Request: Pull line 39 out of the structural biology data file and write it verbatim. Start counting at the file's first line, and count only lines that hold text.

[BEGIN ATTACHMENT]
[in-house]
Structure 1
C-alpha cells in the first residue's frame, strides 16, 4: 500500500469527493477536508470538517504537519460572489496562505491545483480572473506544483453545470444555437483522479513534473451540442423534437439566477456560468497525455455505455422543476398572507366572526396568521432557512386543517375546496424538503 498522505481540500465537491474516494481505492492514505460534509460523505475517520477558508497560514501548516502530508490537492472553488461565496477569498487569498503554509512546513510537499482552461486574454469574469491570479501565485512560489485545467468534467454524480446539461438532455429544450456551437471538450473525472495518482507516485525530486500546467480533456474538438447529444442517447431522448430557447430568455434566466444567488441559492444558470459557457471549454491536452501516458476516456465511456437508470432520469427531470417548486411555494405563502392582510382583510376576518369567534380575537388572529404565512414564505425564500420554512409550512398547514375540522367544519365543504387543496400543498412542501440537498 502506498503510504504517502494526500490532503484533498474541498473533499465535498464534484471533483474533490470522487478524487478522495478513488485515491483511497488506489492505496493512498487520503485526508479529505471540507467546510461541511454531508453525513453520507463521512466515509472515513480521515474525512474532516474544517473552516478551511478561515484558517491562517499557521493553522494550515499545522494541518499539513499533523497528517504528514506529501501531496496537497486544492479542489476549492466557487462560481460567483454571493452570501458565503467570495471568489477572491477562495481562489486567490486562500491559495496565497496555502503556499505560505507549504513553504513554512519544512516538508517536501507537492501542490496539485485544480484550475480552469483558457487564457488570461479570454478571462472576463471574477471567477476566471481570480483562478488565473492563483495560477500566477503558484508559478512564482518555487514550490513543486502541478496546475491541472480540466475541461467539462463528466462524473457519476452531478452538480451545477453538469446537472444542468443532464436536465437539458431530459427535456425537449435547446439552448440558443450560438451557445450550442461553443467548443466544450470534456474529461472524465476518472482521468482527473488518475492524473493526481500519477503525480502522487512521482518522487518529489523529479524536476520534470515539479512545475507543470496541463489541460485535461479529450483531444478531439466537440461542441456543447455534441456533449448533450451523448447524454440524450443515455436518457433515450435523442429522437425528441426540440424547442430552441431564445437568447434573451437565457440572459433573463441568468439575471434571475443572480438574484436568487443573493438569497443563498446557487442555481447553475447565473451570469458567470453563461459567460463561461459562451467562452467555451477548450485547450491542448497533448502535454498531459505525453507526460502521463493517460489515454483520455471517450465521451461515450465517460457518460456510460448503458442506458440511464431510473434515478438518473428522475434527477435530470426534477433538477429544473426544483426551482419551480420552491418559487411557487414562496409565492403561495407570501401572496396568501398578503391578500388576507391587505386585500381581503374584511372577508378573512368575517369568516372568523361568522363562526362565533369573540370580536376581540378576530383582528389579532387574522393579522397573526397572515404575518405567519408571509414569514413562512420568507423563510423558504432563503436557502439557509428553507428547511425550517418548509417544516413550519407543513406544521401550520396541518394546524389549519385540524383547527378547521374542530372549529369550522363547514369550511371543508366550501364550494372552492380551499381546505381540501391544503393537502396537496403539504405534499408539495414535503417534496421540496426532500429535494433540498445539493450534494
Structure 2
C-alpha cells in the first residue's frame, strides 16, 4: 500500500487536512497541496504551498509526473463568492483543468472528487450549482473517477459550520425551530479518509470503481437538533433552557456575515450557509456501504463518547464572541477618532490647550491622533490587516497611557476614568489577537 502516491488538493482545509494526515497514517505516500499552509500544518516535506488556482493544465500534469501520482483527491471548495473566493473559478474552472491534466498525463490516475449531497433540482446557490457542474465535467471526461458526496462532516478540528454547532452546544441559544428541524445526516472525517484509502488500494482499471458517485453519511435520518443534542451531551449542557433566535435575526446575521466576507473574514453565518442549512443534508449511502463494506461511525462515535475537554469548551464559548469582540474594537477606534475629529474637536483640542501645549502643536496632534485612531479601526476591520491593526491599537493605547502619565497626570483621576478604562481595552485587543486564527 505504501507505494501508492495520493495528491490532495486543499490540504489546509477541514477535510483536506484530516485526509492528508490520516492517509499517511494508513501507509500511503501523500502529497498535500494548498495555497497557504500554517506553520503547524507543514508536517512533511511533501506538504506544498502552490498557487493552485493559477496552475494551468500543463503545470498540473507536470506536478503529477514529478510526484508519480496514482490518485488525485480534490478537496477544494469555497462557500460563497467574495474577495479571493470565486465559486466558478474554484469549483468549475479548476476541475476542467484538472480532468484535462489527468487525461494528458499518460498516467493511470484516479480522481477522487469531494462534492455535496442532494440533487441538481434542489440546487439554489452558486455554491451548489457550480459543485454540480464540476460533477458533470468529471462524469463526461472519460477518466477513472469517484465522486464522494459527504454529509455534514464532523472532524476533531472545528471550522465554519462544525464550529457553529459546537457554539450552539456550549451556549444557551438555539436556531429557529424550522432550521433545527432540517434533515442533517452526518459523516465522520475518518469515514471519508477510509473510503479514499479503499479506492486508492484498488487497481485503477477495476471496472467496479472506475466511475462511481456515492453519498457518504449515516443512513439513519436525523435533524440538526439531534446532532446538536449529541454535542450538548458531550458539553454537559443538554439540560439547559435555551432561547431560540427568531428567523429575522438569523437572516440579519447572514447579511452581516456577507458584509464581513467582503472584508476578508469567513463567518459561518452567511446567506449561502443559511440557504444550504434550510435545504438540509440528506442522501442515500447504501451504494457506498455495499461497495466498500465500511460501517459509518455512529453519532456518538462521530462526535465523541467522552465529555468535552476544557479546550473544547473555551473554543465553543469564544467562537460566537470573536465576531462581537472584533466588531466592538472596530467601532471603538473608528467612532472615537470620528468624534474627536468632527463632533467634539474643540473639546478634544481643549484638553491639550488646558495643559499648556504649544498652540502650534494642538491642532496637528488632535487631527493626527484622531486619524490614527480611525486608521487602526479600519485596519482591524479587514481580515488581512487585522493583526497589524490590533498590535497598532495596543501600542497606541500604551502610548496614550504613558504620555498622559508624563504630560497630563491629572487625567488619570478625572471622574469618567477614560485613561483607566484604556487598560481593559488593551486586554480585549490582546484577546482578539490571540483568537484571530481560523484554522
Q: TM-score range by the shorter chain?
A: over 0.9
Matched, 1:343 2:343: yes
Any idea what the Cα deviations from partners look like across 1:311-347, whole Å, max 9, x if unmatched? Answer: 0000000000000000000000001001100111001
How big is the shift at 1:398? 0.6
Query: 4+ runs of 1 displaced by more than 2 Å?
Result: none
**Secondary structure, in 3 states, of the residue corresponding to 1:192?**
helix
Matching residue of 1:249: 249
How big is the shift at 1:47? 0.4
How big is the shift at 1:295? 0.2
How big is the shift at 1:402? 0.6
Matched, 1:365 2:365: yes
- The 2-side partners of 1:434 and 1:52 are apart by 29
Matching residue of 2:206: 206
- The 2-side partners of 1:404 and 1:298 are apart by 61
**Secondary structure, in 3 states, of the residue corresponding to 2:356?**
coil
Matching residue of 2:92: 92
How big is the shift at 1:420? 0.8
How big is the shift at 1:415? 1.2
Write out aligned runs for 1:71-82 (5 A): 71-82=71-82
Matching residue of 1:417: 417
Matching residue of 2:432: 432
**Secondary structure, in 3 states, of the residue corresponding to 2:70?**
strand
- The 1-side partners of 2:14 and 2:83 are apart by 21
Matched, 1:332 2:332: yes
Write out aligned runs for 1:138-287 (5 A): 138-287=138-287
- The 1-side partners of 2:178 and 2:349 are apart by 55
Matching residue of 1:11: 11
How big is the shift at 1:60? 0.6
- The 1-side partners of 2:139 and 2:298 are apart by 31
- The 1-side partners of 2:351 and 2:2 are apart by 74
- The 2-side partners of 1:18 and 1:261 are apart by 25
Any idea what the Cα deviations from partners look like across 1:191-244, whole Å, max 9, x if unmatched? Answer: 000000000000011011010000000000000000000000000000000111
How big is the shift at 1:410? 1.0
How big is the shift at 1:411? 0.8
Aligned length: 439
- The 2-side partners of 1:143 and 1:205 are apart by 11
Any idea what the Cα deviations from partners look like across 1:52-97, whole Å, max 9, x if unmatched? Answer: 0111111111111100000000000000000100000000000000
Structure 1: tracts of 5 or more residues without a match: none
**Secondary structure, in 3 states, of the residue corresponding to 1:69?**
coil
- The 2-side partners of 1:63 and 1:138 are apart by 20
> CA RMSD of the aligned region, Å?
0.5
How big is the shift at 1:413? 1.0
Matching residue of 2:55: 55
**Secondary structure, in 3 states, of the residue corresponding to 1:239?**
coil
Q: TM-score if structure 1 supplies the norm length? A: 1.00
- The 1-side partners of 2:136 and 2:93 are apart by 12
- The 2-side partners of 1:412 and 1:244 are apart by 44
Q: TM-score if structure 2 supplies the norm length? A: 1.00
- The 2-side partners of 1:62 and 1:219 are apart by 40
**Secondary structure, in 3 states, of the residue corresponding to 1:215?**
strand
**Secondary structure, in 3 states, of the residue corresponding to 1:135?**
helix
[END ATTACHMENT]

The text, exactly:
- The 1-side partners of 2:139 and 2:298 are apart by 31